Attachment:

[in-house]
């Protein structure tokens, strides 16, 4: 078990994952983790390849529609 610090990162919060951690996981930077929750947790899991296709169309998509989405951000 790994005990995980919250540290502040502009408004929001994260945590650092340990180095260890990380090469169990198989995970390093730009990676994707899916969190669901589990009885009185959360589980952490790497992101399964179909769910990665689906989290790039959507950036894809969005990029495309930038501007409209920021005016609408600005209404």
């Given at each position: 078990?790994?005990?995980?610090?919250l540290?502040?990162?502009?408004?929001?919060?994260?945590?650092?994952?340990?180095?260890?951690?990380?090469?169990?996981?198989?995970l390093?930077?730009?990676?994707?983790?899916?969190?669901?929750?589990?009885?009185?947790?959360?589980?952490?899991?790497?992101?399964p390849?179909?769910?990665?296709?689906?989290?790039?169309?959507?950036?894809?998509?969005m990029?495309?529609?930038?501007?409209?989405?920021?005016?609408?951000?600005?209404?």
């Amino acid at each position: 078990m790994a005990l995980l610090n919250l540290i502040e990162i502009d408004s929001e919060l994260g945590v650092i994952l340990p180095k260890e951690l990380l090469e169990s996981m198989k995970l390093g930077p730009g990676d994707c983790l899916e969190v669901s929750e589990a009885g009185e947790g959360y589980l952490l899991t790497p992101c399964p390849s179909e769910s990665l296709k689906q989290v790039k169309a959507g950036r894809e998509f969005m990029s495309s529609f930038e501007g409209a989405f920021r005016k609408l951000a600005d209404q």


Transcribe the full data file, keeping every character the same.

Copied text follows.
[in-house]
């Protein structure tokens, strides 16, 4: 078990994952983790390849529609 610090990162919060951690996981930077929750947790899991296709169309998509989405951000 790994005990995980919250540290502040502009408004929001994260945590650092340990180095260890990380090469169990198989995970390093730009990676994707899916969190669901589990009885009185959360589980952490790497992101399964179909769910990665689906989290790039959507950036894809969005990029495309930038501007409209920021005016609408600005209404």
């Given at each position: 078990?790994?005990?995980?610090?919250l540290?502040?990162?502009?408004?929001?919060?994260?945590?650092?994952?340990?180095?260890?951690?990380?090469?169990?996981?198989?995970l390093?930077?730009?990676?994707?983790?899916?969190?669901?929750?589990?009885?009185?947790?959360?589980?952490?899991?790497?992101?399964p390849?179909?769910?990665?296709?689906?989290?790039?169309?959507?950036?894809?998509?969005m990029?495309?529609?930038?501007?409209?989405?920021?005016?609408?951000?600005?209404?």
């Amino acid at each position: 078990m790994a005990l995980l610090n919250l540290i502040e990162i502009d408004s929001e919060l994260g945590v650092i994952l340990p180095k260890e951690l990380l090469e169990s996981m198989k995970l390093g930077p730009g990676d994707c983790l899916e969190v669901s929750e589990a009885g009185e947790g959360y589980l952490l899991t790497p992101c399964p390849s179909e769910s990665l296709k689906q989290v790039k169309a959507g950036r894809e998509f969005m990029s495309s529609f930038e501007g409209a989405f920021r005016k609408l951000a600005d209404q």